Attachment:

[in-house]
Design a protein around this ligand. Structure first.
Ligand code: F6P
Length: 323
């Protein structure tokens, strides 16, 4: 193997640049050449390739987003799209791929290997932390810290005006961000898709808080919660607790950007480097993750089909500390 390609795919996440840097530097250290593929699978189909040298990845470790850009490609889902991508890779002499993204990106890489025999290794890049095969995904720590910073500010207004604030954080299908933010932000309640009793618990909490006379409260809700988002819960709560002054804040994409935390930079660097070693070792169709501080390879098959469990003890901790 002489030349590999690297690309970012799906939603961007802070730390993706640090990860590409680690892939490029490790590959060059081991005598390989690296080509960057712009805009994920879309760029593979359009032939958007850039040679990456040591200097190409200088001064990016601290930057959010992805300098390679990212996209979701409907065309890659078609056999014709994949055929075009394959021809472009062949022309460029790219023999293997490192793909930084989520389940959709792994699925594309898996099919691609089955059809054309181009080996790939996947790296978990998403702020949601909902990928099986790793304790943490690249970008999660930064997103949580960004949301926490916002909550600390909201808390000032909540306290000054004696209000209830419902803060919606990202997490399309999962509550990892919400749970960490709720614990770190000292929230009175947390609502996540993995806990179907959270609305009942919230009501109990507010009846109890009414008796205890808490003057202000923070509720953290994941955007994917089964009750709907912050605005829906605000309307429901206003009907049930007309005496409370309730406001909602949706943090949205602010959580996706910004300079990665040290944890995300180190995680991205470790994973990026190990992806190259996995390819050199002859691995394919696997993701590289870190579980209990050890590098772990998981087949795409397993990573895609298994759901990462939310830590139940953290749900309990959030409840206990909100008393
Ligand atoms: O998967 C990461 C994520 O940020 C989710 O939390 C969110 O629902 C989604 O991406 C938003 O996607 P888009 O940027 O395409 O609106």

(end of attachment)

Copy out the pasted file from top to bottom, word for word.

[in-house]
Design a protein around this ligand. Structure first.
Ligand code: F6P
Length: 323
């Protein structure tokens, strides 16, 4: 193997640049050449390739987003799209791929290997932390810290005006961000898709808080919660607790950007480097993750089909500390 390609795919996440840097530097250290593929699978189909040298990845470790850009490609889902991508890779002499993204990106890489025999290794890049095969995904720590910073500010207004604030954080299908933010932000309640009793618990909490006379409260809700988002819960709560002054804040994409935390930079660097070693070792169709501080390879098959469990003890901790 002489030349590999690297690309970012799906939603961007802070730390993706640090990860590409680690892939490029490790590959060059081991005598390989690296080509960057712009805009994920879309760029593979359009032939958007850039040679990456040591200097190409200088001064990016601290930057959010992805300098390679990212996209979701409907065309890659078609056999014709994949055929075009394959021809472009062949022309460029790219023999293997490192793909930084989520389940959709792994699925594309898996099919691609089955059809054309181009080996790939996947790296978990998403702020949601909902990928099986790793304790943490690249970008999660930064997103949580960004949301926490916002909550600390909201808390000032909540306290000054004696209000209830419902803060919606990202997490399309999962509550990892919400749970960490709720614990770190000292929230009175947390609502996540993995806990179907959270609305009942919230009501109990507010009846109890009414008796205890808490003057202000923070509720953290994941955007994917089964009750709907912050605005829906605000309307429901206003009907049930007309005496409370309730406001909602949706943090949205602010959580996706910004300079990665040290944890995300180190995680991205470790994973990026190990992806190259996995390819050199002859691995394919696997993701590289870190579980209990050890590098772990998981087949795409397993990573895609298994759901990462939310830590139940953290749900309990959030409840206990909100008393
Ligand atoms: O998967 C990461 C994520 O940020 C989710 O939390 C969110 O629902 C989604 O991406 C938003 O996607 P888009 O940027 O395409 O609106």